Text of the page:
When I had the honor of teaching at Jordan High School in Long Beach, I made a sign and posted on the wall right above the whiteboard at the front of the room. It was a statement that I have found to be true throughout my 27 years of recovery. It said “The only thing that separates the person you are from the person you want to be, are the actions you take.” I wanted my students to be their own voice in the world and to remove and obstacles that prevented them from becoming the person they wanted to be.
I often tell people that am fortunate to have had so many of my dreams come true. Coming from homelessness and addiction, my life has been transformed into a meaningful one that tries to benefit others. I was able to reunite and raise my daughters, become a counselor, get a graduate degree, take low-income kids to Europe, teach, become a monastic, and cultivate a meaningful spiritual life. In essence, though I have a lot of work yet to do, I have become a person I want to be. I have stopped being a drain on humanity and become a contributor (though a small one).
Clearly, if you have seen my picture, this transformation was not due to my good looks. Nor was it a result of brilliant mind and philosophy. I did not happen because I got the message, or because I was willing to learn. Wisdom, understanding and good advise are helpful, but without action they cannot transform a life. My life changed because I listened to the good advise and then was able to transform that into action. I somehow walked through my fear, suited up, showed up, and did my best to follow through with the actions I thought were healthy and helpful. There is a saying in the recovery programs “You can’t live yourself into right thinking, but you can live yourself into right thinking.” This puts the emphasis on action. Now mindless or impulsive action is not beneficial for change. What I am talking about is mindful action. It is becoming willing to and then actually doing the things that we know will improve our life.
I believe that we all have the ability to become the person we want to be. Anyone of us can easily make a list of 5 things that we could do that would improve our life. That list would not even take long to complete. Though often deep inner wisdom is challenging to uncover, you will find that making this list is not. What is difficult for so many of us is actually doing the list. We may start and even make some progress. However, that can soon fade. Why are so many of us resistant to do the very things we know would improve our life? The answer to this I believe is one of the great purposes of our lives.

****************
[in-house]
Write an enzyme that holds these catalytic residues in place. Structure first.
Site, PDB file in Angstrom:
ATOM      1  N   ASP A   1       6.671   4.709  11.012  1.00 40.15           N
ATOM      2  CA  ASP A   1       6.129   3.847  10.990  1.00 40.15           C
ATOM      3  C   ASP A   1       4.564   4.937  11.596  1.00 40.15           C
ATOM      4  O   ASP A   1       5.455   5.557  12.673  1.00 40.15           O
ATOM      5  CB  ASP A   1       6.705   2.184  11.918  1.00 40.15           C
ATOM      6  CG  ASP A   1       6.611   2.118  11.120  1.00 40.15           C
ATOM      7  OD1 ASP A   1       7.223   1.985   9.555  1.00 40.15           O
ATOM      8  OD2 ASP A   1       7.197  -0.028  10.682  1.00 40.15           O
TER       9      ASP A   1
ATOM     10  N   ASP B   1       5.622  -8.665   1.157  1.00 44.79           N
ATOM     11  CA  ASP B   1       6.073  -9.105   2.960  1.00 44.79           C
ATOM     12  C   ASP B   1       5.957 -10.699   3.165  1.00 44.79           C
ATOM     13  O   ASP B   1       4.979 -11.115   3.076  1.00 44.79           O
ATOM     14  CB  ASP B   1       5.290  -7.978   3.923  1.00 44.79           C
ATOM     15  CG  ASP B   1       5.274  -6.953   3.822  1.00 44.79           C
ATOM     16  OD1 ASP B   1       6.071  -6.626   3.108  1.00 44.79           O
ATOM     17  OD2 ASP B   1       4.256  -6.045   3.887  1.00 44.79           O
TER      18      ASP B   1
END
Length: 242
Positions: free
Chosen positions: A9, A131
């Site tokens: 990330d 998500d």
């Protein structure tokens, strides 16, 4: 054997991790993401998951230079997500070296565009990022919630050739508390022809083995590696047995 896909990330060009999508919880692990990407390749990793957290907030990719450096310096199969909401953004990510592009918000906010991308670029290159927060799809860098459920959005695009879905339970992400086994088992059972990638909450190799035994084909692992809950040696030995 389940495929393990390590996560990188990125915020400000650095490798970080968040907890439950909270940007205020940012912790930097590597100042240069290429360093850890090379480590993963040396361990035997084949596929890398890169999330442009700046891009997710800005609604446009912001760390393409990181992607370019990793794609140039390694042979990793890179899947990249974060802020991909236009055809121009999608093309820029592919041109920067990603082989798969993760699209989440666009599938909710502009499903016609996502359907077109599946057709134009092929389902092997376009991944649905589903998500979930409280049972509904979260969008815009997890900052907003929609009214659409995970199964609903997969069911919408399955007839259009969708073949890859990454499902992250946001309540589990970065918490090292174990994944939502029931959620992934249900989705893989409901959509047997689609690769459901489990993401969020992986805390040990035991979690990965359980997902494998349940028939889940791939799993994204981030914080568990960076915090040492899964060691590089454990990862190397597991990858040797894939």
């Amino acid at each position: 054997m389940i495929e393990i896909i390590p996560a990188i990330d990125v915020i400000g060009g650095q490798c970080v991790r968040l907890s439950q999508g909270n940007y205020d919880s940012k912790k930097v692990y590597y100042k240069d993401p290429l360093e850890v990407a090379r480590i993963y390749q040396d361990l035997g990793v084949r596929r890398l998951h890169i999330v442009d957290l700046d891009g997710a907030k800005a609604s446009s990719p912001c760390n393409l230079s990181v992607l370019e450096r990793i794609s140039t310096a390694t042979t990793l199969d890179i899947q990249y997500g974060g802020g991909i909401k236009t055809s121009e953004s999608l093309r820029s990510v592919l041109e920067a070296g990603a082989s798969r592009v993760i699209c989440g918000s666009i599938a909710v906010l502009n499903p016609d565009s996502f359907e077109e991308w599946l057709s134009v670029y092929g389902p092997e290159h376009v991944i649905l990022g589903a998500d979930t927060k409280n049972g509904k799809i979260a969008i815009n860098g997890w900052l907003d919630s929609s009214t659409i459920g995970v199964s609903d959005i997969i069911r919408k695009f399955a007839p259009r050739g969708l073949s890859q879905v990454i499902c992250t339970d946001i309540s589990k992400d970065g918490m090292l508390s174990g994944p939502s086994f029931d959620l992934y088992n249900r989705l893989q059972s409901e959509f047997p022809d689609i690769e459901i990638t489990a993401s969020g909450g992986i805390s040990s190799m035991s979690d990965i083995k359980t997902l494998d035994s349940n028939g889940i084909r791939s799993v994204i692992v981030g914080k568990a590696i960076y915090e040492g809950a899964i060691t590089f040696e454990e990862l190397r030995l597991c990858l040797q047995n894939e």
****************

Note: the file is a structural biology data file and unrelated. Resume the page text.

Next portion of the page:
To remove the obstacles (in Buddhism we use the delusions) that prevent us from living a meaningful life is usually a lifetime/s work. However, it is possible to make progress that is tangible relatively quickly. For me it was possible with daily commitments and taking small, attainable steps. I would take a little time every morning to set my intentions for the day. Then I would to my best to follow through with them. At the end of the day I would review my actions and see which were beneficial and which were not. Without judging myself, simply looking clearly and honestly at them. If some of my actions were unskillful (this includes speech), I would try to see a more productive way of handling the situation. If I did something I need to make amends for or correct, I would note that and do it as soon as possible. All of the positive actions would also be noted and reinforced for their benefit. Then in the morning, I would simply review, set my intention, and do my best to follow through with productive actions that I hope will be of benefit to myself and others
I make mistakes everyday. I have so much work to do. However, my experience has been that when I combine action with good intention, I sometimes arrive at skillful means. It is that skillful means that has given me much peace and real meaning in my life. I am reflecting on this now as am mindful that my personal practice is not simply meditating quietly in my room, it is in every action I take. I need to remember the lessons I once taught if I am going to live a meaningful, mindful life that can be of benefit to others. This life is a true gift – as are all of you my precious brothers and sisters. It is with a heart filled with gratitude that I thank all of you for your kindness.